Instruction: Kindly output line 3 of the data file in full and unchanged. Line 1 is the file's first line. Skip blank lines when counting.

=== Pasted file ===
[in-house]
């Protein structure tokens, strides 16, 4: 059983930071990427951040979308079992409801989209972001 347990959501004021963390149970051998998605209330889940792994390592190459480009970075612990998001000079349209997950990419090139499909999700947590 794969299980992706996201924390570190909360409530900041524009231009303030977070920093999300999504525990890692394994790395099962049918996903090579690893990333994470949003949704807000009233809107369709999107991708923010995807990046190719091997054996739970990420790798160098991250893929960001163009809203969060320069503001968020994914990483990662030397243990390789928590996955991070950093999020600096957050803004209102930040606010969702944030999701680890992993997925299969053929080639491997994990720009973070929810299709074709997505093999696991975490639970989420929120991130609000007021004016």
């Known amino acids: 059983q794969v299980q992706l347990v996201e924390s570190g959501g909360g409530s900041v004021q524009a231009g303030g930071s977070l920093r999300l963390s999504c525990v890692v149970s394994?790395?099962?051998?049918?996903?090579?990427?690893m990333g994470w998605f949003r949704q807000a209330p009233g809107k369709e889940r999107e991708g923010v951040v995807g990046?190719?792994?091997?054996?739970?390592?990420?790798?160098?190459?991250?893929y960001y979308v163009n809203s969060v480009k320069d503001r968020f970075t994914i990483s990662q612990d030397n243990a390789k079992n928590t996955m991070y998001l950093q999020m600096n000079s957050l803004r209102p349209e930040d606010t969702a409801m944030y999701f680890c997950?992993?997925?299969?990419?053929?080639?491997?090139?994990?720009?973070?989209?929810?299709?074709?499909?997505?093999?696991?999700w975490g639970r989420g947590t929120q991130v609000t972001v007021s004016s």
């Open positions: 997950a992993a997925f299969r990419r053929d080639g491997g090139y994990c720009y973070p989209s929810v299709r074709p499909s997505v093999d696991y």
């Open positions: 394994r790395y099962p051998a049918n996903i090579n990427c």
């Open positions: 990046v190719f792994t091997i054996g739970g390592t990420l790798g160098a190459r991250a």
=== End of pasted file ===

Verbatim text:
């Known amino acids: 059983q794969v299980q992706l347990v996201e924390s570190g959501g909360g409530s900041v004021q524009a231009g303030g930071s977070l920093r999300l963390s999504c525990v890692v149970s394994?790395?099962?051998?049918?996903?090579?990427?690893m990333g994470w998605f949003r949704q807000a209330p009233g809107k369709e889940r999107e991708g923010v951040v995807g990046?190719?792994?091997?054996?739970?390592?990420?790798?160098?190459?991250?893929y960001y979308v163009n809203s969060v480009k320069d503001r968020f970075t994914i990483s990662q612990d030397n243990a390789k079992n928590t996955m991070y998001l950093q999020m600096n000079s957050l803004r209102p349209e930040d606010t969702a409801m944030y999701f680890c997950?992993?997925?299969?990419?053929?080639?491997?090139?994990?720009?973070?989209?929810?299709?074709?499909?997505?093999?696991?999700w975490g639970r989420g947590t929120q991130v609000t972001v007021s004016s």